February 6, 2021
A recent New York Law Journal article by Michael P. Regan, “A Double Attorney Fees Clause Is Held Not a Penalty, But What’s Next,” reports on a recent case in New York where the court held that a provision of a commercial contract requiring the payment of double the amount of attorney fees expended by the ‘substantially prevailing party” in a litigation between the contacting parties is not unenforceable penalty. This article was posted with permission. The article reads:
The Appellate Division, Second Department held in Loughlin v. Meghji, 186 A.D.3d 1633, on Sept. 30, 2020, that a provision of a commercial contract requiring the payment of double the amount of attorney fees expended by the “substantially prevailing party” in a litigation between the contracting parties is not an unenforceable penalty. While some may believe that this particular provision is, in fact, a penalty, the court’s mode of analysis in reaching that result is the more important takeaway for commercial lawyers.
Instead of focusing on the more traditional factual inquiries in determining the enforceability of such provisions, the court in Loughlin invoked the simpler rule that sophisticated commercial parties should be held to the terms of the contract that they signed onto. It remains to be seen whether Loughlin signals a growing shift in how New York courts treat such provisions in commercial contracts, and whether this new approach knows any boundaries.
The decision in Loughlin does not discuss Court of Appeals’ opinion in Equitable Lumber v. IPA Land Dev., 38 N.Y.2d 516 (1976), which is often cited in this context. In Equitable Lumber, the Court of Appeals scrutinized the enforceability of a contractual provision establishing 30% as a reasonable attorneys’ fee to be paid in connection with any enforcement and collection efforts by the seller under the parties’ contract, and noted that courts routinely address the enforceability of similar clauses providing for attorney fees in a liquidated amount. See Equitable Lumber, at 522-24.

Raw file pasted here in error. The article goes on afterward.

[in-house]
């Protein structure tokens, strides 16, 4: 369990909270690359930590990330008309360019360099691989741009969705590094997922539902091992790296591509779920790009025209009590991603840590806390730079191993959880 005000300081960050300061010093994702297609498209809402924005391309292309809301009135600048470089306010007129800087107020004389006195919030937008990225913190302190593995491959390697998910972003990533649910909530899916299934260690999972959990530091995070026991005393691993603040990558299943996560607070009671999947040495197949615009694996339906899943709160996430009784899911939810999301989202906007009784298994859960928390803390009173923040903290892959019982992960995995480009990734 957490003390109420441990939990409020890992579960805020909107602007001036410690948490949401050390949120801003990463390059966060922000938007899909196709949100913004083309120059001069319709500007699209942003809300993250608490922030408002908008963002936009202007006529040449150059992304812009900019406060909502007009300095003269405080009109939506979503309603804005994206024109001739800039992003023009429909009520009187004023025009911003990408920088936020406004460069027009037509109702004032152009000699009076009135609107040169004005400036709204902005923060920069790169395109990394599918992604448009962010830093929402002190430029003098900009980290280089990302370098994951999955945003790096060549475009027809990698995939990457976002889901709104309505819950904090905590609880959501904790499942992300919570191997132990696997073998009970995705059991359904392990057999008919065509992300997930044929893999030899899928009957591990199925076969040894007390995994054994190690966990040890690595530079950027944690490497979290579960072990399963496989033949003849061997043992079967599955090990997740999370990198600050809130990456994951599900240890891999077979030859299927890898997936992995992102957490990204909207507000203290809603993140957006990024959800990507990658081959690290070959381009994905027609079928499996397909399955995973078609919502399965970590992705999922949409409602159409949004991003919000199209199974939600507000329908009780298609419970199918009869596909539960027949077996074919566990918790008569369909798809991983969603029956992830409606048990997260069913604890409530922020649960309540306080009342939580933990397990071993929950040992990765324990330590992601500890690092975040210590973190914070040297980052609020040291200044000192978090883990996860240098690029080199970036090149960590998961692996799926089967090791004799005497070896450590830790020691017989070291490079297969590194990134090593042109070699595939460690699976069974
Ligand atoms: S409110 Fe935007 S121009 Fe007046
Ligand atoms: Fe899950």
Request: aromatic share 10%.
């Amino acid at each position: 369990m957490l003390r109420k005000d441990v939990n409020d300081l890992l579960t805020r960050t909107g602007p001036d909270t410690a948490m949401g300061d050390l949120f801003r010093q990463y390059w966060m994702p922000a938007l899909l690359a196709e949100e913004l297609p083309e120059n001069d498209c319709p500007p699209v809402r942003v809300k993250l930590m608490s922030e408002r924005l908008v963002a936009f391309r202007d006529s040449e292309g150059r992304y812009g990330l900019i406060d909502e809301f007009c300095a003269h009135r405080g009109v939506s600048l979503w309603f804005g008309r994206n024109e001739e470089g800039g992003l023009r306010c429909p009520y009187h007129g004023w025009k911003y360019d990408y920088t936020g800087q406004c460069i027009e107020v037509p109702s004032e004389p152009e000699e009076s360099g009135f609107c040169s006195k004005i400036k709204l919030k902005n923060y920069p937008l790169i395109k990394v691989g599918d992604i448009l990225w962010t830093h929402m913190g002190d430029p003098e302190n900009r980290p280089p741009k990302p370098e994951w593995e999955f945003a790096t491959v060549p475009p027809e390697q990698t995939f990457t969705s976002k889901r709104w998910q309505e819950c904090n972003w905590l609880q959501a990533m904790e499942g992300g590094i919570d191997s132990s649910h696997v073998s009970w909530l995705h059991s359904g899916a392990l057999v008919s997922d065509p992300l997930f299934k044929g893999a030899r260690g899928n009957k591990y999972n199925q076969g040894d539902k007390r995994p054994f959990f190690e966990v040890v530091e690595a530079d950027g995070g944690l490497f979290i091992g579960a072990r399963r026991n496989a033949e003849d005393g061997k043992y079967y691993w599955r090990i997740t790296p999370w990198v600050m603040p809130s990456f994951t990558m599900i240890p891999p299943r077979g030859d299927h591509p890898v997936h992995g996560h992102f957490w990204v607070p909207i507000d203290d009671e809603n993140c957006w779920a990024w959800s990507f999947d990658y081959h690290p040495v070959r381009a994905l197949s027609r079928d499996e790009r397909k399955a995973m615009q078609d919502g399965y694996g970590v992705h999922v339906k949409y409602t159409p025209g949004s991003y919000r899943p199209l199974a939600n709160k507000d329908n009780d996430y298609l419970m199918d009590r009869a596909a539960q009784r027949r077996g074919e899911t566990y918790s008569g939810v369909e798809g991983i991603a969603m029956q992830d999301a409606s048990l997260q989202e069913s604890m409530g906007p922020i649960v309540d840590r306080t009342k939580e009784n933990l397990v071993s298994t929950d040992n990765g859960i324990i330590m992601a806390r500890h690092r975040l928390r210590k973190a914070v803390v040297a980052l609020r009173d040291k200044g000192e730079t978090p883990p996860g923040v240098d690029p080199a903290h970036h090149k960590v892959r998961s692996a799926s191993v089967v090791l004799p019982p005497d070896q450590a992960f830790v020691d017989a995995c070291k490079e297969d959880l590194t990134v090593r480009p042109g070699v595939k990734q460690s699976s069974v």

The court remitted for the resolution of traditional fact inquiries concerning the enforceability of a liquidated damages provision, to wit: (a) was a 30% fee reasonable in the light of the damages to be anticipated by a party in the seller’s position, or, alternatively, (b) was the fee commensurate with the actual arrangement agreed upon by this plaintiff and its attorney? See id. at 524. Further, the court directed the lower court to determine “whether the amount stipulated was unreasonably large or grossly disproportionate to the damages which the [seller] was likely to suffer” in the event it did not rely on the liquidated damages clause and, if so, indicated that the provision should be voided as a penalty. Id.
Recent decisions from the Commercial Division, New York County, have followed the analysis set forth in Equitable Lumber. For example, in Julius Silvert v. Open Kitchen 17, 2019 NY Slip Op 30394(U) (Sup. Ct. N.Y. Co.), Justice Cohen, citing Equitable Lumber, declined to enforce, on summary judgment, a contractual provision setting the amount of attorney fees at 33.33% of the balance due under the parties’ credit agreement. See Julius Silvert, at pp. 3-6.
The court held, inter alia, that “[f]ixing attorney’s fees at an arbitrary percentage of an unknown amount … acts as a kind of liquidated damages provision, one which may constitute an unenforceable penalty.” Id. at p. 4. In contrast to Loughlin, Justice Cohen declined to award attorney fees based solely “on the face of the [parties’ agreement],” and held that more information is required to determine whether such a payment for legal fees is fair and reasonable. Id. at pp. 5-6.